Brad Meltzer could use a vacation.
The South Florida author writes bestselling political thrillers for adults, including last year’s The Fifth Assassin.
He hosts the History Channel show Brad Meltzer’s Decoded, which examines and explains complicated historical riddles and enigmas (he talked about the companion book, History Decorded: The 10 Greatest Conspiracies of All Time, at last fall’s Miami Book Fair International).
He keeps his hand in his beloved comic book world (he’s the creator of the Identity Crisis series for DC Comics), and recently published the nonfiction inspirational books Heroes for my Son and Heroes for my Daughter.
Yes, says the North Miami Beach high graduate, laughing. “I need a nap.”
But there’s no rest ahead for Meltzer, who debuts his latest project Saturday at Books & Books in Coral Gables. With I Am Abraham Lincoln and I Am Amelia Earhart (Dial, $12.99 apiece), Meltzer tackles a new audience: kids.
“These books are my heart in book form,” says the father of three. “They were written because I was trying to be a good father.
“I was just tired of my kids looking around and seeing reality stars and loudmouth athletes and thinking they were heroes. That’s fame, and fame is very different than being a hero. I feel like as a parent it’s my job to teach my kids that difference.”
The series, part of his “Ordinary People Change the World” initiative, tells the stories of prominent people — but not simply the stories we already know. The idea is to engage children by teaching them about these heroes as children, illustrating the qualities that made them the adults they became.
I Am Abraham Lincoln, for example, features an anecdote about the young Abe standing up to bullies who were torturing a turtle — a true story, Meltzer says.
“My son said, ‘Dad, Abraham Lincoln loved animals, just like me,’ ” Meltzer says. “I could tell my daughter, ‘Amelia Earhart flew across the Atlantic.’ She would shrug and say, ‘Lots of people do.’ But if I tell her that when Amelia Earhart was 7 she build a roller coaster in her backyard and launched herself off the roof of the tool shed, she thinks, ‘Amelia is just like me, she’s brave and she’s fun.’ And now Amelia Earhart is alive.
“Lincoln freed the slaves, and that’s part of the book, too, but my kids can’t use that in their daily lives. But if you show them the morality they can apply that to their lives, then later understand the bigger morality. …
“The key is finding that moment as a child where you see the hint of who they will be as an adult. When you unlock that moment, that’s incredible. Abraham Lincoln standing up to bullies as a 10-year-old, that’s as powerful to me as any bully story I’ll ever read. When you’re 10 it’s hard to do the right thing.”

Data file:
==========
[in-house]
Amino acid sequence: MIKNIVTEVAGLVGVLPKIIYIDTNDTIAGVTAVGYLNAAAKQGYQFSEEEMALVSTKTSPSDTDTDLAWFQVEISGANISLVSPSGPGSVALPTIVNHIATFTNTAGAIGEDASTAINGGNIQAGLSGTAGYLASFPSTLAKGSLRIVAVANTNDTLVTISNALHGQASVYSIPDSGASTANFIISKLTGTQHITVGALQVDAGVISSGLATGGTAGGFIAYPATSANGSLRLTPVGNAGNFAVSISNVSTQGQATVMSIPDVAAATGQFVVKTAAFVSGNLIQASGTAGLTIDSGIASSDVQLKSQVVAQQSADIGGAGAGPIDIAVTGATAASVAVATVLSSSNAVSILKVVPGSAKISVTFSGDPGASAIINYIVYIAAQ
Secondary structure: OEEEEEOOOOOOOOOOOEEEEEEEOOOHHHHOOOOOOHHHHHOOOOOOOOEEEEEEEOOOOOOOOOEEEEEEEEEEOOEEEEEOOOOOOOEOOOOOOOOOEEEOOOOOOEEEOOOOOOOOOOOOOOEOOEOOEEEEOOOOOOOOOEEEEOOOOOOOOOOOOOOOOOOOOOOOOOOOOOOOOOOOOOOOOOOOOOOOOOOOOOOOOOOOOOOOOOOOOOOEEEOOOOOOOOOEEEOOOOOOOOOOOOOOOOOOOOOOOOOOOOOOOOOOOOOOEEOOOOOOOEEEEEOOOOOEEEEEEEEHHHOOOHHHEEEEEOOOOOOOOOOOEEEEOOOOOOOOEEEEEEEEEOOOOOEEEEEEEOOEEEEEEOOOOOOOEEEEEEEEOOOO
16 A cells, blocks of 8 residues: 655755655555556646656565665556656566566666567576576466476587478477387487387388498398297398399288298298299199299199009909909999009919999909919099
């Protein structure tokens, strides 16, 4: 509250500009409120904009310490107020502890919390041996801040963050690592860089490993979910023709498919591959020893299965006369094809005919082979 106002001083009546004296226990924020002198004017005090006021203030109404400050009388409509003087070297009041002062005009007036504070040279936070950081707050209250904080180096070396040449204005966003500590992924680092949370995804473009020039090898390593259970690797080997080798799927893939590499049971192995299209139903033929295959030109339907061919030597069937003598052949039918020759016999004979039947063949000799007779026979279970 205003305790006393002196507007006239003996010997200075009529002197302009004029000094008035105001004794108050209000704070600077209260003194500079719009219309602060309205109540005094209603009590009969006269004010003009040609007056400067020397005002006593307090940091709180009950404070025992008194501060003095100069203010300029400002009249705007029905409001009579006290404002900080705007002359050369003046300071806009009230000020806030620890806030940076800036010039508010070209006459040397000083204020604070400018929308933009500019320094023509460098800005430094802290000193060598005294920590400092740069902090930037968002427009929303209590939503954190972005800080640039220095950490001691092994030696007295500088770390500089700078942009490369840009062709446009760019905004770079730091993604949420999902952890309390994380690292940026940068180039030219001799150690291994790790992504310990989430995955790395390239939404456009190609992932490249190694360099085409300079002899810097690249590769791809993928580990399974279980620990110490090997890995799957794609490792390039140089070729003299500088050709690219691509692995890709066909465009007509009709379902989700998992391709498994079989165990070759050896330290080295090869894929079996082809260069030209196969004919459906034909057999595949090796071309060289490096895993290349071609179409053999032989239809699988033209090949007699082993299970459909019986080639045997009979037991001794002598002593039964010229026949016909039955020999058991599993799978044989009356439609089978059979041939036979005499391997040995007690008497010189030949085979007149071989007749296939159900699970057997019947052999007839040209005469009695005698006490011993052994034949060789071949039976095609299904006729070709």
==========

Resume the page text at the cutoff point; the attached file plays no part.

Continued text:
For the project, Meltzer partnered with illustrator Christopher Eliopoulos, who writes and illustrates comics. They hadn’t worked together before but found that they clicked.
“It’s a real back and forth, like ping-pong players,” Eliopoulous says. “Let’s try this, let’s try that. ... It turned out to be more than a collaboration. It’s a friendship, and we get to do stuff together.”
The books’ designs are eye-catching, and the illustrations are energetic and funny. Young Lincoln has a beard, but if you look closely, you can see a string connecting it to his head (“We tried it both ways; we really wanted to nail down the characters, and we knew Lincoln needed his beard,” Eliopoulos says).
A father of 14-year-old twins, Eliopoulos shares Meltzer’s belief in the need for real heroes.
“You look around, and you don’t see the type of people you want your kids to admire,” he says. “We have to show our kids that there are qualities that are inspiring and that they can be the heroes they’re looking for.”
In June Meltzer and Eliopoulos will publish I Am Rosa Parks; I Am Albert Einstein follows in September. Meltzer, who hopes the series helps families build a library, has endless ideas for new subjects: Jackie Robinson, Jim Henson, Sally Ride.
“I hope that every single child out there looks to their families first for their heroes, but kids don’t want to listen to their parents.
“If I tell my kids to be good, there’s no guarantee that’s going to happen. But when I tell them Rosa Parks stood up to a bully when she was a little girl they see someone being good and strong and powerful. … This is what we’re all capable of on our very best days.”